Those who’ve found their niche in the recent trend of deckbuilding and dungeon-crawling roguelikes will find something to enjoy in Roguebook, a confident, competent release from card game development veterans Abrakam Entertainment, the creators of Faeria. Set in the same world, it’s a colorful, whimsical, and charming fantasy. It also very proudly fits the genre mold, a run-based game that lets you iteratively unlock new cards, treasures, and characters for increasingly powerful builds to take on self-paced challenges.
Roguebook lifts some great design from other recent roguelite games. It pulls in a Hades-esque buffet of advanced challenges to mix and match after you first “beat” the game. It has Slay the Spire’s flurry of weird artifacts to collect and use. It even relies on an old deckbuilding staple, asking you to mix-and-match two card pools each run, which was used to such great effect in Monster Train. Your deck itself even levels up, with your card count giving you points to spend on randomized talents.
To its credit, and to its detriment, nothing in Roguebook is particularly novel. Its familiar parts are arranged in a new way with a few clever twists. Your deck is a combination of two out of the four characters, each with their own unique card set and talents. With your two picks you move into the book’s blank pages, a hex grid, and explore by spending limited brushstrokes and ink splats to reveal unmapped parts of the book. Out there you find gold to use at the shop, magic cubes to draft new cards from, adventure events with weird consequences, and combats to flex your deck’s muscles against.
Fights are straightforward attack card versus block card brawls with a few twists. Your two characters have positions, leading and following, and their own health, and cards often shuffle them around. Moving characters is a big tactical decision: Enemies always attack the leading character, while certain cards can only be used from particular positions. You can also summon allies, who rather than having a physical presence are more like battlefield effects that wear down opponents or give you a limited-use ability.
The reward for winning a combat encounter always includes more ink, for a limited reveal, or a new brush for a big one. When you run out it’s time to fight the level boss, and at the end of the third level you fight a big boss to win the run.
Win or lose you get experience in the characters that unlocks new cards, as well as general experience that unlocks new items. You also collect pages as you go, a currency you can spend on a tree of upgrades, unlocks, and permanent bonuses for future runs. In those future runs you’ll take on challenges that make you do things like take every new card you find, or that drastically increase the cost of new items in the mid-run shop.
A new run is a chance to experiment with the characters you pick. Sharra’s fast and aggressive, but relatively fragile when you can’t manage her tricks to avoid damage. There’s Sorocco, an ogre whose deck is all about shrugging off hits while you wind up a giant punch. Seifer’s a weird one, a pain-fuelled wolf whose all-out offensives are backed up by demon allies. Finally there’s Aurora, an awesome deck design that’s fragile on the face of it but can turn clever cardplay into a stream of healing that becomes damage as she overheals.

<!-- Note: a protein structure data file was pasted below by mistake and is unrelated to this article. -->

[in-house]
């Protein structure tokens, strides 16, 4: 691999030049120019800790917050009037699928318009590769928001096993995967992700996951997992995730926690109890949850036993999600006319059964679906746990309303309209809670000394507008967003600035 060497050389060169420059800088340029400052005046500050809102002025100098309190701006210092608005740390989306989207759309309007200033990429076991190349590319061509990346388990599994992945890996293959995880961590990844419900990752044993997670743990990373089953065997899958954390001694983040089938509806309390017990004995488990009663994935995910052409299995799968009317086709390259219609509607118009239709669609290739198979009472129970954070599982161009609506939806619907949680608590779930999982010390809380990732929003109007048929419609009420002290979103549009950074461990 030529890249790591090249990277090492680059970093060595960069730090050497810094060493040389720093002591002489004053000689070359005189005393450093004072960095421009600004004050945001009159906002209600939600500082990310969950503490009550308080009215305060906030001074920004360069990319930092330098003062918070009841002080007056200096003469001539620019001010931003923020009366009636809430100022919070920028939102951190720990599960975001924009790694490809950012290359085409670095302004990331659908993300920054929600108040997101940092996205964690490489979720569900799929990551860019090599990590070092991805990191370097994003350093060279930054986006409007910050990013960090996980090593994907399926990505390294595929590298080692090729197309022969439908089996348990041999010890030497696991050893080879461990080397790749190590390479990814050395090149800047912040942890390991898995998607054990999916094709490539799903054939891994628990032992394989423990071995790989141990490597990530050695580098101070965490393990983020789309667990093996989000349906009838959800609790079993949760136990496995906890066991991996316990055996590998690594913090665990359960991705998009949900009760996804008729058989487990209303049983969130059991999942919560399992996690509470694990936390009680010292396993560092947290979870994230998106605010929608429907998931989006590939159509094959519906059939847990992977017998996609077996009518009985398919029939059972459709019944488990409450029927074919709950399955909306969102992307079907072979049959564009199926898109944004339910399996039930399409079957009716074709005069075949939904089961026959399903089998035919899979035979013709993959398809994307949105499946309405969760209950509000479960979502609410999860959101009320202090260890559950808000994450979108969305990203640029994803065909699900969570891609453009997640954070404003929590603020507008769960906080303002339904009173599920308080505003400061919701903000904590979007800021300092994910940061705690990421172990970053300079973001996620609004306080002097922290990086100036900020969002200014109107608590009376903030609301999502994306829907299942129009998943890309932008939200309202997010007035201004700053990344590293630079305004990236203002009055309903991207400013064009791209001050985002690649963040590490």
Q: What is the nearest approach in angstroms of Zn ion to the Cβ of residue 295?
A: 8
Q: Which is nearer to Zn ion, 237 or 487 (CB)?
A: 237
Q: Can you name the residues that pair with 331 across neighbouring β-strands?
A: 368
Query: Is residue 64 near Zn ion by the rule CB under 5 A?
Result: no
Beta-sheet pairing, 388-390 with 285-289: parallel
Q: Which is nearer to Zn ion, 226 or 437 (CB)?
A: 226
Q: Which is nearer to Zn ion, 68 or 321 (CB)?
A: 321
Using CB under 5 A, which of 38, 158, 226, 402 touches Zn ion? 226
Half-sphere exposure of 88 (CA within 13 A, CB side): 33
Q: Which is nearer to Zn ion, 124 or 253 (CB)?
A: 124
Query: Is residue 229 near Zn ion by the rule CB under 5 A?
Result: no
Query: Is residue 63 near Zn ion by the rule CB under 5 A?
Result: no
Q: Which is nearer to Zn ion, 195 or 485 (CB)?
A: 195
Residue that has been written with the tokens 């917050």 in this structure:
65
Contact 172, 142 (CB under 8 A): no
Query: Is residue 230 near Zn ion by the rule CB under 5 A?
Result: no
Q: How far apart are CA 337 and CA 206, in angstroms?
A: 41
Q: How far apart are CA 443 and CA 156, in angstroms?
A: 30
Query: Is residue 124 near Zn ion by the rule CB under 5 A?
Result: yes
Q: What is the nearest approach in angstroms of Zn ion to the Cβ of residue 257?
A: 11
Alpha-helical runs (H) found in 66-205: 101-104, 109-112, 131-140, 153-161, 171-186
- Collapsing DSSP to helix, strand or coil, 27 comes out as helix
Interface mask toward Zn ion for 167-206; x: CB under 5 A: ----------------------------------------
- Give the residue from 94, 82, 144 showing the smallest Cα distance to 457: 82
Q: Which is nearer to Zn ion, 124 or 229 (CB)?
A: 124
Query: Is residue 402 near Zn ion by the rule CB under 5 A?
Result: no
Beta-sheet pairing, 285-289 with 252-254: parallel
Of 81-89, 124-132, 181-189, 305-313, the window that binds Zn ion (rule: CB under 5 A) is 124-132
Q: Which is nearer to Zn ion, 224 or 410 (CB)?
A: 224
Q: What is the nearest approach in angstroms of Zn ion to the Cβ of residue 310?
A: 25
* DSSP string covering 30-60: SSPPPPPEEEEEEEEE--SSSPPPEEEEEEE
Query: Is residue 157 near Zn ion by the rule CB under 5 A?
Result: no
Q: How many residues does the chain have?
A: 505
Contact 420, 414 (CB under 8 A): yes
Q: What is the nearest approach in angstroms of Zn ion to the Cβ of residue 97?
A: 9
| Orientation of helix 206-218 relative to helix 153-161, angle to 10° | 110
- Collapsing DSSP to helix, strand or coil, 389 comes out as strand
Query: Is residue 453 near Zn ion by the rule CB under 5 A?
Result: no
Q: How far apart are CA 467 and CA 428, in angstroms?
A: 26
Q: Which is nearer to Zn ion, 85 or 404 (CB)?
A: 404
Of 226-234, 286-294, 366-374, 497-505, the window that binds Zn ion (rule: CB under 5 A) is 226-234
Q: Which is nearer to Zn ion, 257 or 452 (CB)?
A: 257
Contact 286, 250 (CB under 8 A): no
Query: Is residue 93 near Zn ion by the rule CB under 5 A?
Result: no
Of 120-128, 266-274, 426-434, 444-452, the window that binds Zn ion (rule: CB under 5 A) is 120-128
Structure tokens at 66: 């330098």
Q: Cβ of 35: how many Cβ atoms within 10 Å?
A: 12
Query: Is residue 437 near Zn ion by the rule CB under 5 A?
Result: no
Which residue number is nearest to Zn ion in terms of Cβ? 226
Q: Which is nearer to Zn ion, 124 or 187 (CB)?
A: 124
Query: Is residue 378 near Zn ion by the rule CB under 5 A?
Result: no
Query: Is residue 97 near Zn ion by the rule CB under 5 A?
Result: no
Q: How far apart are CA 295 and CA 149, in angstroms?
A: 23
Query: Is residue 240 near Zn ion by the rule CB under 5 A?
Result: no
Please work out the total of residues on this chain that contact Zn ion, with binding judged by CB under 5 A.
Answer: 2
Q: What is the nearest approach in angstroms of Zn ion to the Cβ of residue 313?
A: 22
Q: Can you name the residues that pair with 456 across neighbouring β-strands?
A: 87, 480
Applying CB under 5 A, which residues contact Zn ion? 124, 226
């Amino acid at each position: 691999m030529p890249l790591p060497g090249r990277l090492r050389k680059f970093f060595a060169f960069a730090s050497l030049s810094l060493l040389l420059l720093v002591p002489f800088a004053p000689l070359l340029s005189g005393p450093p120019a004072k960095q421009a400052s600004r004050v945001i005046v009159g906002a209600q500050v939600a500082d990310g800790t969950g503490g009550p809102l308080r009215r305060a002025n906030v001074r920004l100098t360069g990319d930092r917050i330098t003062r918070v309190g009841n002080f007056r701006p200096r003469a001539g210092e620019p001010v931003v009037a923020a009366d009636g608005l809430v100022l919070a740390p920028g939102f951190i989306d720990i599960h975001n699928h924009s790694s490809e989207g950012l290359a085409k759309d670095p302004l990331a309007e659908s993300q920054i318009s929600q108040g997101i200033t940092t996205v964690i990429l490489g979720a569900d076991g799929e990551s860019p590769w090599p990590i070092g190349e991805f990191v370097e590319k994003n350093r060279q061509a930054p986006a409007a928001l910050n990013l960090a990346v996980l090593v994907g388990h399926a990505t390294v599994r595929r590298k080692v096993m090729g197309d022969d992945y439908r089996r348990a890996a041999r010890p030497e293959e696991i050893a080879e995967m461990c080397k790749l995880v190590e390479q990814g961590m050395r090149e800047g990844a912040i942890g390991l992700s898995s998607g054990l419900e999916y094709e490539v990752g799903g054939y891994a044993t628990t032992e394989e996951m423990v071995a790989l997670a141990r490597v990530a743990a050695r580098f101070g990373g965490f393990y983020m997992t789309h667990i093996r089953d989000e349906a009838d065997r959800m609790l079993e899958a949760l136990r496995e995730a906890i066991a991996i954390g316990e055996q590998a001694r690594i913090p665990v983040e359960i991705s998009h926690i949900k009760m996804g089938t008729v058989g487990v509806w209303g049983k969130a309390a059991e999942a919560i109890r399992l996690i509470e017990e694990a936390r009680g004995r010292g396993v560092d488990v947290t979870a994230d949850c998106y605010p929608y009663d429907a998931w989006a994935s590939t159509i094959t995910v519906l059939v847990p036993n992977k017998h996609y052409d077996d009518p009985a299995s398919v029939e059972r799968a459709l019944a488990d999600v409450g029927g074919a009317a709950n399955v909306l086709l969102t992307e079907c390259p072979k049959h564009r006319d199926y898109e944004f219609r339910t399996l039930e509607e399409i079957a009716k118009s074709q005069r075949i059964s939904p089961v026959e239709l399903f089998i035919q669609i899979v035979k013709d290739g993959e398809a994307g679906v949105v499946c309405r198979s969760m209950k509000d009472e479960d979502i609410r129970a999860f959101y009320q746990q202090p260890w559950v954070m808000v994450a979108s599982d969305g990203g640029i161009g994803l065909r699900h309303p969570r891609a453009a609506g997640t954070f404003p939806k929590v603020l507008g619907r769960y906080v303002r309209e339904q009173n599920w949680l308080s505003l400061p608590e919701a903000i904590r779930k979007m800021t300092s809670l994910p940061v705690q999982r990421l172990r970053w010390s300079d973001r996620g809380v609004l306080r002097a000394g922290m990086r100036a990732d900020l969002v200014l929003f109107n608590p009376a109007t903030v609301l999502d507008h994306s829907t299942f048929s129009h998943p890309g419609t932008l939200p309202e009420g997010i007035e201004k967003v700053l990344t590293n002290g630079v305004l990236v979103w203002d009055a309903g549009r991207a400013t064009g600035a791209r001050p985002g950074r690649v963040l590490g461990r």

Roguebook’s most interesting twist is in gems, which you pick up mid-run and place in sockets on your cards. Those gems provide an upgrade to that card, adding bonus effects or boosting existing ones. They range from mundane, like +3 damage, or -1 cost, to pretty exotic, like one that always places the card in your starting hand. I loved another, the boomerang gem, that made it so instead of being discarded when cast, the card would always be shuffled back into your deck. Unfortunately, gems are feast or famine. Some runs you barely find any, others you end up socketing even your bad cards.
See, getting new stuff is based on exploration, which is based on revealing map hexes. There’s some strategy to that, using your ink pots cleverly and brushes sparingly you can puzzle out how to optimally reach the things on the map. But you can never reveal the whole map, and you can really just… luck out. Sometimes you don’t get enough cards, or gems, or gold, or items. Sometimes you don’t find half of the good stuff you know is out there.
It’s emblematic of Roguebook as a whole. The mechanics largely work, and when they’re going smoothly they’re a joy, giving you the kind of run-based deckbuilding fix you want. But games like Roguebook have to rely on either being immaculately and tightly designed to achieve perfection, or else provide such a sprawl of fun content that you won’t care otherwise. Roguebook doesn’t have either. A good game for both enthusiasts and idle fans of deckbuilding, but it doesn’t reach for the stars.